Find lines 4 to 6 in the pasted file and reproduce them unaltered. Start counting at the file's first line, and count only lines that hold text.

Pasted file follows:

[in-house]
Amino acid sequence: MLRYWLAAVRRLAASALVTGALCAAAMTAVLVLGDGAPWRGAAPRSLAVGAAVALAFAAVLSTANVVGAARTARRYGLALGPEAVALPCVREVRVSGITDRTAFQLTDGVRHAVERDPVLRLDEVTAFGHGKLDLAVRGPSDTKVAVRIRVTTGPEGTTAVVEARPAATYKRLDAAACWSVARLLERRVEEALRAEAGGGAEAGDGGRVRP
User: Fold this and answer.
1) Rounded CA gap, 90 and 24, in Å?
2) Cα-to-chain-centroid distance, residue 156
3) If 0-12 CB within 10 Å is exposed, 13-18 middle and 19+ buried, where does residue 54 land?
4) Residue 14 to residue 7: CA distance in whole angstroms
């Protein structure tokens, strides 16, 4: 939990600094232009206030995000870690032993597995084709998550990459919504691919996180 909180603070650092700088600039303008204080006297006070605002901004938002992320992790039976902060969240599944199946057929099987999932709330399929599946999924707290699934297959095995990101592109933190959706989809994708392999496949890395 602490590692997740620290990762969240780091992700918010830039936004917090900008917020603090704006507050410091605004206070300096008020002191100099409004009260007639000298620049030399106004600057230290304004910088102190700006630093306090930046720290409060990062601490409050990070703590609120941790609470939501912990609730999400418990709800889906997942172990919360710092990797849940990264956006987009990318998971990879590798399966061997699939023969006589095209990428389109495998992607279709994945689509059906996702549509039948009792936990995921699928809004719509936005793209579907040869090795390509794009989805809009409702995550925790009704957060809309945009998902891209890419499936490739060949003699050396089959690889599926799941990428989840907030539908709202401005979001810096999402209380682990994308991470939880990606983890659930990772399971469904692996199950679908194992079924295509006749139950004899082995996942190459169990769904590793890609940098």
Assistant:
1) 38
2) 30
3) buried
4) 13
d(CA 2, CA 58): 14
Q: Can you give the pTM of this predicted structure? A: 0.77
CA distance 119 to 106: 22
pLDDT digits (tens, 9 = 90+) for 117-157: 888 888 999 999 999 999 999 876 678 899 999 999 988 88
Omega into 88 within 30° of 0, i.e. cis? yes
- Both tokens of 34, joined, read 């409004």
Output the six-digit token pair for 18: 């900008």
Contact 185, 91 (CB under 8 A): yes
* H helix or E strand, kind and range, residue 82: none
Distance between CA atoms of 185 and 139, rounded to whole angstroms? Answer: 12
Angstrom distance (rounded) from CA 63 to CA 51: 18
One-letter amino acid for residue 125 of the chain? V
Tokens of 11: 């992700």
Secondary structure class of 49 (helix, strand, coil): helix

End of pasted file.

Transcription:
1) Rounded CA gap, 90 and 24, in Å?
2) Cα-to-chain-centroid distance, residue 156
3) If 0-12 CB within 10 Å is exposed, 13-18 middle and 19+ buried, where does residue 54 land?